down in detail.
 All proceedings in relation to any question on disqualification of a member of a House under this
Schedule are deemed to be proceedings in Parliament or in the Legislature of a state.
MERITS
 Provides stability to the government by preventing shifts of party allegiance.
 Ensures that candidates elected with party support and on the basis of party manifestoes remain loyal
to the party policies. Also promotes party discipline.
DEMERITS
 By preventing parliamentarians from changing parties, it reduces the accountability of the government
to the Parliament and the people.
 Interferes with the member’s freedom of speech and expression by curbing dissent against party
policies.
SUBJECT PROVISION IN THE TENTH SCHEDULE
Disqualification  If a member of a house belonging to a political party:
 Voluntarily gives up the membership of his political party, or
 Votes, or does not vote in the legislature, contrary to the directions of his political
party. However, if the member has taken prior permission, or is condoned by the
party within 15 days from such voting or abstention, the member shall not be
disqualified.
 If an independent candidate joins a political party after the election.
 If a nominated member joins a party six months after he becomes a member of the
legislature.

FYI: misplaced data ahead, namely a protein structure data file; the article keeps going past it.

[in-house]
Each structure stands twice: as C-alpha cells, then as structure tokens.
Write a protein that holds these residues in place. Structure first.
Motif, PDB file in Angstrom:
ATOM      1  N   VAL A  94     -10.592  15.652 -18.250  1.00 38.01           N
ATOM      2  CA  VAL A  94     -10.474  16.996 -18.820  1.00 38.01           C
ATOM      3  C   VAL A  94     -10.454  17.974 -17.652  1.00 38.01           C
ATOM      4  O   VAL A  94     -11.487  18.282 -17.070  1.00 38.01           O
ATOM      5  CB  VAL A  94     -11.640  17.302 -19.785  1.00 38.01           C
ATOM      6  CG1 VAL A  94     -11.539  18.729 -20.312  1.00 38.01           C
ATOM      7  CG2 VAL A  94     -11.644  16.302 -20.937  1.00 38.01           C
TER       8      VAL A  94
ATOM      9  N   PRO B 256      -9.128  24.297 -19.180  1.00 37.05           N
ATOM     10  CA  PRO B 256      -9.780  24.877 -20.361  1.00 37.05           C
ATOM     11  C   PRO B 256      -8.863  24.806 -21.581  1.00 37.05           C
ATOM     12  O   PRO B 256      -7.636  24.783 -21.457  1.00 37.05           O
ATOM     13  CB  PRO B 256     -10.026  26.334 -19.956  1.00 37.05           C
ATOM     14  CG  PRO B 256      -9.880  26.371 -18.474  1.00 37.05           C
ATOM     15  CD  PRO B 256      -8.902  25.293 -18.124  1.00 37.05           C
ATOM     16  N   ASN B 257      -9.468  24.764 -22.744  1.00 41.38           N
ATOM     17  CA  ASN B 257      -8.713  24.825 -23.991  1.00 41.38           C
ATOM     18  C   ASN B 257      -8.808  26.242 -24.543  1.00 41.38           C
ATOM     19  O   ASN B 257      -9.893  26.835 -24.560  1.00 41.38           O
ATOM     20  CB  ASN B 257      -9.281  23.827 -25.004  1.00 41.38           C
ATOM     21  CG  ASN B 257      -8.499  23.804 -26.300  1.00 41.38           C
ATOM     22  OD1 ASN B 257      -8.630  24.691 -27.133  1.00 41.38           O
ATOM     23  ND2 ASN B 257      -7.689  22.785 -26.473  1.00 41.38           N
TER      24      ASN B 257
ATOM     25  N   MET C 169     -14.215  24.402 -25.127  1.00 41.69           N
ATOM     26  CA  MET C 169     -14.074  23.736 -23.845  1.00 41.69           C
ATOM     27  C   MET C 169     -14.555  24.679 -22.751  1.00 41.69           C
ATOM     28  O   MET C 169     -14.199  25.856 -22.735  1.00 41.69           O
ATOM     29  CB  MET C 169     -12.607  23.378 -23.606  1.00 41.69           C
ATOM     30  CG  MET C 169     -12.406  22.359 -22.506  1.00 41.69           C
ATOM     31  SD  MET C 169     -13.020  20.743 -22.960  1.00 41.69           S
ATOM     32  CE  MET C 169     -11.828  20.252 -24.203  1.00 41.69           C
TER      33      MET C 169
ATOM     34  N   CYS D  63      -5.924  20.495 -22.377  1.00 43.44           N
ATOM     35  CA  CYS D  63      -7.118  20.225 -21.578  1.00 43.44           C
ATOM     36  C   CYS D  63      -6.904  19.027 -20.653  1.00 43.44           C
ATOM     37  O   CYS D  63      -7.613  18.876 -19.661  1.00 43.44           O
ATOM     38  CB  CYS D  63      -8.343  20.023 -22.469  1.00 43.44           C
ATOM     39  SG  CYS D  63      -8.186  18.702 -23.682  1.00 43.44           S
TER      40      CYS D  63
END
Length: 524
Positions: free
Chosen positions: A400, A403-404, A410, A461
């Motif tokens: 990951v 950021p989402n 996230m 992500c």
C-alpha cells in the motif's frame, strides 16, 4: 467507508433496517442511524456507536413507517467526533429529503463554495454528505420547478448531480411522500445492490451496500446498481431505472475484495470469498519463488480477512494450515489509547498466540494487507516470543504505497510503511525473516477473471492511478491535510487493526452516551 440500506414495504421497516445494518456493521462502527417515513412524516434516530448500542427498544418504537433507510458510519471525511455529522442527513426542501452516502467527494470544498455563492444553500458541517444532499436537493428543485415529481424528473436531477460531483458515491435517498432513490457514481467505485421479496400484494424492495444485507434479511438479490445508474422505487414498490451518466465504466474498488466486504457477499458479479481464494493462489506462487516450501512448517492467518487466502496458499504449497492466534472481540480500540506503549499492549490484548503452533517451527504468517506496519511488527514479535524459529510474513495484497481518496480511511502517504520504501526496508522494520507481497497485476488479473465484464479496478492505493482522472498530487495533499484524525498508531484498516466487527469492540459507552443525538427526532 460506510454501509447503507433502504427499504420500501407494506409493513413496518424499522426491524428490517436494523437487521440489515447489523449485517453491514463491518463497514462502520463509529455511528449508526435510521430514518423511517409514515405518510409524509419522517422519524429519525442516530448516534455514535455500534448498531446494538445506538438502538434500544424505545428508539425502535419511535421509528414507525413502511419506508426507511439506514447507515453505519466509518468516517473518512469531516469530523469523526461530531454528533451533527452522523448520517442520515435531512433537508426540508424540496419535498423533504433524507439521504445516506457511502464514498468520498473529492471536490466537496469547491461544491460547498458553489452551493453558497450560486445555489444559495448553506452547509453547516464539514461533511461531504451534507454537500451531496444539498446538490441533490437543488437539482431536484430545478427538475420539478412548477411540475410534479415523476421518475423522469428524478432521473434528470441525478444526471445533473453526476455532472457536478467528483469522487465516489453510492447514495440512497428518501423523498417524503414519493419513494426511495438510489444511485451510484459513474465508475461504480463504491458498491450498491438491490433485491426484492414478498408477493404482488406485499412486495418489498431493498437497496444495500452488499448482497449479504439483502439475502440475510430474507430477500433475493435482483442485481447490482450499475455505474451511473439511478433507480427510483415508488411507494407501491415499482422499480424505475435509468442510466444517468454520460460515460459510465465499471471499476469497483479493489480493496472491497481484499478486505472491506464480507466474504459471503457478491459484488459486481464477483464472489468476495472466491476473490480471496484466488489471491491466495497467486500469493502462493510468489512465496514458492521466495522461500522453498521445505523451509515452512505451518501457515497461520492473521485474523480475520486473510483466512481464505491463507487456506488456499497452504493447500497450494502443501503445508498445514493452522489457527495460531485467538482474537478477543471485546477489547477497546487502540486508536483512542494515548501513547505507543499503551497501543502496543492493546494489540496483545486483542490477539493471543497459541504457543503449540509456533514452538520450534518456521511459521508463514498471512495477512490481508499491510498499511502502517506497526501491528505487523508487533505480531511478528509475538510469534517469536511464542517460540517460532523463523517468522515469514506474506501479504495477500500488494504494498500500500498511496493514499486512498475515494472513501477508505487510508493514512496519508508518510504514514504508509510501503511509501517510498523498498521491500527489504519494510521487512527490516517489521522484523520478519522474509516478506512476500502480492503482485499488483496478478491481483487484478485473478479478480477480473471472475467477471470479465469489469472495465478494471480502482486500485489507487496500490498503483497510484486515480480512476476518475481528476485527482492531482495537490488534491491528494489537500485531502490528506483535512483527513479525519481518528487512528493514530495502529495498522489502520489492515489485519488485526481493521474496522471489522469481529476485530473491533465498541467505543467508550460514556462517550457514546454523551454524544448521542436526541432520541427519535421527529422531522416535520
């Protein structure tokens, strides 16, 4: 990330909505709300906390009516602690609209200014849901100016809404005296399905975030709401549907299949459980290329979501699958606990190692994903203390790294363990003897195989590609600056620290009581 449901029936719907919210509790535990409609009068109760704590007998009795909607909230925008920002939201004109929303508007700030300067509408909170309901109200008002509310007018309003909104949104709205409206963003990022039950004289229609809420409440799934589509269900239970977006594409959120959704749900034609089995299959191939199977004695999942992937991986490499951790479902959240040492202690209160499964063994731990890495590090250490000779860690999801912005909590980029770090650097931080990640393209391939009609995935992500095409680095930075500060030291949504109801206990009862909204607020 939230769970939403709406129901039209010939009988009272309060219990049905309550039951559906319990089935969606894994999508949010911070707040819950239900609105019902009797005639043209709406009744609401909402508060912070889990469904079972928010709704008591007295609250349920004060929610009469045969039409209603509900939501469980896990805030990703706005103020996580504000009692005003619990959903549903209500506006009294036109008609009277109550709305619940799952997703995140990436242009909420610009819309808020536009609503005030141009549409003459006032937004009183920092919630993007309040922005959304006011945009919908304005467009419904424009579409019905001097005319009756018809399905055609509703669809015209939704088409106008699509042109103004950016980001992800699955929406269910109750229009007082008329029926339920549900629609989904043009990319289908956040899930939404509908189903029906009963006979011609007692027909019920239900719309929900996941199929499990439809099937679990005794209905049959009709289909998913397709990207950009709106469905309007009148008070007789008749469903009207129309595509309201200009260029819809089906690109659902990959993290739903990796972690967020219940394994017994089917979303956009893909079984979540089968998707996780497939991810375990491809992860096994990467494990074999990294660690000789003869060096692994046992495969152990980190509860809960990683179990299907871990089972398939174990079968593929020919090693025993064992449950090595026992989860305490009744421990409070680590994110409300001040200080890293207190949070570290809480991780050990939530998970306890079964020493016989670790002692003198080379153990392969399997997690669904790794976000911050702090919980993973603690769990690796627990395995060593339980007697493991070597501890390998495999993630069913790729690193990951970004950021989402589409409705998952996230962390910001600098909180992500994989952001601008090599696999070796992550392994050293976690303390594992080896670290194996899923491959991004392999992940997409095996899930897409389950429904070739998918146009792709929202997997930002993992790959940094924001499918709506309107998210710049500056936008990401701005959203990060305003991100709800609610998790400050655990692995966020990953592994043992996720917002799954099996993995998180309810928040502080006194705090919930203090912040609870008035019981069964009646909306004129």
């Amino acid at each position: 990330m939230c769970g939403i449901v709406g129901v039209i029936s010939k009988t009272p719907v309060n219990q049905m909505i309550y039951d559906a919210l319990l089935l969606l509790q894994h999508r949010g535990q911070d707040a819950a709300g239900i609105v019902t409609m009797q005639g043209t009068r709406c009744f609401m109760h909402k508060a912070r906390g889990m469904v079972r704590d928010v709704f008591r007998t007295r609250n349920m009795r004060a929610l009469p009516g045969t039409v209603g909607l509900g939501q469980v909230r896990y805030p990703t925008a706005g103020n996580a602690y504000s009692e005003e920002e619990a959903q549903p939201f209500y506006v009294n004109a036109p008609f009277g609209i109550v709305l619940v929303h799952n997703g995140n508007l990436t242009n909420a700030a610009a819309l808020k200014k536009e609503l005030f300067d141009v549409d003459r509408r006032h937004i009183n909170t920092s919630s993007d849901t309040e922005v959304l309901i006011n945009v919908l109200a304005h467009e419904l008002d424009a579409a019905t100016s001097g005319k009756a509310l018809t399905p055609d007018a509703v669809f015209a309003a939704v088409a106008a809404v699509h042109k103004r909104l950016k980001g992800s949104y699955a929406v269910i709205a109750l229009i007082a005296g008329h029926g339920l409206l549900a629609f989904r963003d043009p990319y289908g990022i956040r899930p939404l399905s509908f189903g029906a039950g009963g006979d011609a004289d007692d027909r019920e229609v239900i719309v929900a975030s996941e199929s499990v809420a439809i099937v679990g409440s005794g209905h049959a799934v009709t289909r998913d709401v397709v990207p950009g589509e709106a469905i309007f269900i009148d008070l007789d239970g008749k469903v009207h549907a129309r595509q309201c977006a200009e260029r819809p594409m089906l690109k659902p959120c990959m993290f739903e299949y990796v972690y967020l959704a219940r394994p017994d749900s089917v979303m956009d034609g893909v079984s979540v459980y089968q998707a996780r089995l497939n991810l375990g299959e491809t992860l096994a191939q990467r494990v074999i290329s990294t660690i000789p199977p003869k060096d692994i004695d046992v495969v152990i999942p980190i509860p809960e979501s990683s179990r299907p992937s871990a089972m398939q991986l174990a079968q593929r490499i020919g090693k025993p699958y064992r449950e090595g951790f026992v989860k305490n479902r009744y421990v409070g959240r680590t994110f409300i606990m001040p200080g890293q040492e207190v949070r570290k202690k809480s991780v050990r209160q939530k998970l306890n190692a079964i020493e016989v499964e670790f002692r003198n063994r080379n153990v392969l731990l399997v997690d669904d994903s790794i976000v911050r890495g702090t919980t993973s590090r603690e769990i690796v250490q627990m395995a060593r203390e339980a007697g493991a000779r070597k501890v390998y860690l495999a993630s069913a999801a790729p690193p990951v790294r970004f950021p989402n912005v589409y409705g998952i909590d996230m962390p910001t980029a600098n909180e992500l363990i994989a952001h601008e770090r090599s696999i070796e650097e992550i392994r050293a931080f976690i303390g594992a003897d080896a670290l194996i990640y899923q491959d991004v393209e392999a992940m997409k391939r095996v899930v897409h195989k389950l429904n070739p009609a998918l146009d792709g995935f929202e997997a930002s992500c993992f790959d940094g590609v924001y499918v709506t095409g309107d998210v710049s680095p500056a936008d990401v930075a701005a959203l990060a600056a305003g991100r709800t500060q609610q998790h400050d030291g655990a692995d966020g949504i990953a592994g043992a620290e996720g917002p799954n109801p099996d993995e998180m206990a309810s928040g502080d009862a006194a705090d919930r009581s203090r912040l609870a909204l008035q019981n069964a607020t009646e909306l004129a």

Powers to  The Chairman or the Speaker of the House takes the decision to disqualify a member.
disqualify
 b. If a complaint is received with respect to the defection of the Chairman or Speaker,
a member of the House elected by that House shall take the decision.
Exception Merger
 A person shall not be disqualified if his original political party merges with another,
and:
 He and other members of the old political party become members of the new
political party, or
 He and other members do not accept the merger and opt to function as a
separate group.
 This exception shall operate only if not less than two-thirds of the members of party
in the House have agreed to the merger
Anti-Defection provisions under the Tenth Schedule Subject Provision in the Tenth Schedule
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EXCEPTIONS TO THE LAW
The provisions of anti-defection law as described under Tenth Schedule of the Constitution of India are not
applicable in the elections for the office of President, Vice-President or Rajya Sabha. According to the
clarifications issued by the Election Commission of India, voting or not voting as per free will in the Presidential
election by any member of the Electoral College will not come within the ambit of disqualification under the
Tenth Schedule of the Constitution of India. Thus, electors are at liberty to vote or not to vote in the
Presidential election as per their own free will and choice.